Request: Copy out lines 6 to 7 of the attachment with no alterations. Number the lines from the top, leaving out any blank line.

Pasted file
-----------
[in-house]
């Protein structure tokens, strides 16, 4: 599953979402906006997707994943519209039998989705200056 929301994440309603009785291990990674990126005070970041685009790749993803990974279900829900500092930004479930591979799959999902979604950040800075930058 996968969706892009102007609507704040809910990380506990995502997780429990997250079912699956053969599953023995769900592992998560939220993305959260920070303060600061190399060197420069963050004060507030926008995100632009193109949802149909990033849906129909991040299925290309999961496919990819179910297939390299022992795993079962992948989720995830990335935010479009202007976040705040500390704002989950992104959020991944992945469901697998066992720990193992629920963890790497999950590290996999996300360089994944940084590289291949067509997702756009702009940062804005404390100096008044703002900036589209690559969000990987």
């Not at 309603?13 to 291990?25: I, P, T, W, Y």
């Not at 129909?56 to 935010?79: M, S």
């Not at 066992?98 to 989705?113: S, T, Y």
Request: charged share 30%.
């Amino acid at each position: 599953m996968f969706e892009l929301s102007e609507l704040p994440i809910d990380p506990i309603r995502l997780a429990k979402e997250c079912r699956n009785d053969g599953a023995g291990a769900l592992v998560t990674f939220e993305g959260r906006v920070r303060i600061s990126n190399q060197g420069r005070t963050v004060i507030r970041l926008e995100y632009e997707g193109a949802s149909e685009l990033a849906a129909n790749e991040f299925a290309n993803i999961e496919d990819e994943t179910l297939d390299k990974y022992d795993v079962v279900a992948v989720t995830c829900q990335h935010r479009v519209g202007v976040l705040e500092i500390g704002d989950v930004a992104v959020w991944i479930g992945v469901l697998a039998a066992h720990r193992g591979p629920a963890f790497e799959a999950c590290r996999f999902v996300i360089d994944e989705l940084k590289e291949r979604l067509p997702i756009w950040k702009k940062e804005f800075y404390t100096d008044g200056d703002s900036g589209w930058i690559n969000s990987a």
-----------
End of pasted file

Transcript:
Request: charged share 30%.
């Amino acid at each position: 599953m996968f969706e892009l929301s102007e609507l704040p994440i809910d990380p506990i309603r995502l997780a429990k979402e997250c079912r699956n009785d053969g599953a023995g291990a769900l592992v998560t990674f939220e993305g959260r906006v920070r303060i600061s990126n190399q060197g420069r005070t963050v004060i507030r970041l926008e995100y632009e997707g193109a949802s149909e685009l990033a849906a129909n790749e991040f299925a290309n993803i999961e496919d990819e994943t179910l297939d390299k990974y022992d795993v079962v279900a992948v989720t995830c829900q990335h935010r479009v519209g202007v976040l705040e500092i500390g704002d989950v930004a992104v959020w991944i479930g992945v469901l697998a039998a066992h720990r193992g591979p629920a963890f790497e799959a999950c590290r996999f999902v996300i360089d994944e989705l940084k590289e291949r979604l067509p997702i756009w950040k702009k940062e804005f800075y404390t100096d008044g200056d703002s900036g589209w930058i690559n969000s990987a």